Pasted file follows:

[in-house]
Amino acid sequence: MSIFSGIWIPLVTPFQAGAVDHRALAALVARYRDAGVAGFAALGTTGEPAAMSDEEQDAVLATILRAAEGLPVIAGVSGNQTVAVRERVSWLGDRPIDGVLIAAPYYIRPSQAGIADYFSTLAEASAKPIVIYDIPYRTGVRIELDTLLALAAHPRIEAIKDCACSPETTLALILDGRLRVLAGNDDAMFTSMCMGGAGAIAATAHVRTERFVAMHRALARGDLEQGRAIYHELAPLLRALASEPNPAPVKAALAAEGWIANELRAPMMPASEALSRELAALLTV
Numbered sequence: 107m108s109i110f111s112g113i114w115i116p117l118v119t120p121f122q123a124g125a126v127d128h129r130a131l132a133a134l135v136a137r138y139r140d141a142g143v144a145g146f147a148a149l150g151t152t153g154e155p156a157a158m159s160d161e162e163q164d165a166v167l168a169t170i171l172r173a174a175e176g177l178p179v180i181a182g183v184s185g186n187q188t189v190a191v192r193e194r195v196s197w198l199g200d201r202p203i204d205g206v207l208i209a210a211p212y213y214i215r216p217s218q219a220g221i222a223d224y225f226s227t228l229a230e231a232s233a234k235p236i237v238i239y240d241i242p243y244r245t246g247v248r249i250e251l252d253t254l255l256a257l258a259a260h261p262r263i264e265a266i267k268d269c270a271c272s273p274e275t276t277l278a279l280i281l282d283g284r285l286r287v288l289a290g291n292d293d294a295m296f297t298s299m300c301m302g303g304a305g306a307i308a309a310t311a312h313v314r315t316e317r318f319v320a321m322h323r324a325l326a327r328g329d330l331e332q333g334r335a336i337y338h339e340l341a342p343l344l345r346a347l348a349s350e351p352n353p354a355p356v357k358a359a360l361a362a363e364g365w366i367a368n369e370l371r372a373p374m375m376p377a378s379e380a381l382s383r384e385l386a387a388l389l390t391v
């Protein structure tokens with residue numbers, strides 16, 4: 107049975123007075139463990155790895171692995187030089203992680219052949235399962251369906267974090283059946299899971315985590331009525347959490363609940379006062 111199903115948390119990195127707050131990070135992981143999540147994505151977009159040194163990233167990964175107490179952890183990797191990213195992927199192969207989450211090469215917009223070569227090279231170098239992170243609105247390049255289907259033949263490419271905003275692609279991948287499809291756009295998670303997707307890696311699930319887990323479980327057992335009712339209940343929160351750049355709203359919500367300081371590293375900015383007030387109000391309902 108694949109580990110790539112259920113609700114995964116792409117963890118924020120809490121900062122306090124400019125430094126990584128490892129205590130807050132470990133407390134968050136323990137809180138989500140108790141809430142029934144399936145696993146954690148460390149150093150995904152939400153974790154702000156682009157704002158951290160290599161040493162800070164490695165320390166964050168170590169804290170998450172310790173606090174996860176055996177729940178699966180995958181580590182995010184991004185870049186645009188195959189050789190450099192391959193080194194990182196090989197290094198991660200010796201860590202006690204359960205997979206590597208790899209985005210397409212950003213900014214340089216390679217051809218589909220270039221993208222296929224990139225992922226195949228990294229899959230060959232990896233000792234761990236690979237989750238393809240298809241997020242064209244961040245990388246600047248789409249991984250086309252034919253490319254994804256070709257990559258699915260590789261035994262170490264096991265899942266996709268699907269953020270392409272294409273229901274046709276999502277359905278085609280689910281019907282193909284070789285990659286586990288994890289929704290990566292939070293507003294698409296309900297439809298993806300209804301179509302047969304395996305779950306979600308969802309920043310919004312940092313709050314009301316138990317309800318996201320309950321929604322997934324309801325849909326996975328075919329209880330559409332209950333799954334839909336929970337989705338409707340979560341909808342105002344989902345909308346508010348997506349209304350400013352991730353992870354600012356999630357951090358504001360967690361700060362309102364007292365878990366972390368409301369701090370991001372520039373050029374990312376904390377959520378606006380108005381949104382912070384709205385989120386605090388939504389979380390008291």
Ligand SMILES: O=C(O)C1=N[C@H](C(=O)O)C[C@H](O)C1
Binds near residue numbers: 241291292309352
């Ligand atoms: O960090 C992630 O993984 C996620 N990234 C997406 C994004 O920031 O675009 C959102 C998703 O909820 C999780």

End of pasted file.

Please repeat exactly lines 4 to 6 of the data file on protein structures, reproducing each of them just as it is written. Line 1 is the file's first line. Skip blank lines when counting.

């Protein structure tokens with residue numbers, strides 16, 4: 107049975123007075139463990155790895171692995187030089203992680219052949235399962251369906267974090283059946299899971315985590331009525347959490363609940379006062 111199903115948390119990195127707050131990070135992981143999540147994505151977009159040194163990233167990964175107490179952890183990797191990213195992927199192969207989450211090469215917009223070569227090279231170098239992170243609105247390049255289907259033949263490419271905003275692609279991948287499809291756009295998670303997707307890696311699930319887990323479980327057992335009712339209940343929160351750049355709203359919500367300081371590293375900015383007030387109000391309902 108694949109580990110790539112259920113609700114995964116792409117963890118924020120809490121900062122306090124400019125430094126990584128490892129205590130807050132470990133407390134968050136323990137809180138989500140108790141809430142029934144399936145696993146954690148460390149150093150995904152939400153974790154702000156682009157704002158951290160290599161040493162800070164490695165320390166964050168170590169804290170998450172310790173606090174996860176055996177729940178699966180995958181580590182995010184991004185870049186645009188195959189050789190450099192391959193080194194990182196090989197290094198991660200010796201860590202006690204359960205997979206590597208790899209985005210397409212950003213900014214340089216390679217051809218589909220270039221993208222296929224990139225992922226195949228990294229899959230060959232990896233000792234761990236690979237989750238393809240298809241997020242064209244961040245990388246600047248789409249991984250086309252034919253490319254994804256070709257990559258699915260590789261035994262170490264096991265899942266996709268699907269953020270392409272294409273229901274046709276999502277359905278085609280689910281019907282193909284070789285990659286586990288994890289929704290990566292939070293507003294698409296309900297439809298993806300209804301179509302047969304395996305779950306979600308969802309920043310919004312940092313709050314009301316138990317309800318996201320309950321929604322997934324309801325849909326996975328075919329209880330559409332209950333799954334839909336929970337989705338409707340979560341909808342105002344989902345909308346508010348997506349209304350400013352991730353992870354600012356999630357951090358504001360967690361700060362309102364007292365878990366972390368409301369701090370991001372520039373050029374990312376904390377959520378606006380108005381949104382912070384709205385989120386605090388939504389979380390008291």
Ligand SMILES: O=C(O)C1=N[C@H](C(=O)O)C[C@H](O)C1
Binds near residue numbers: 241291292309352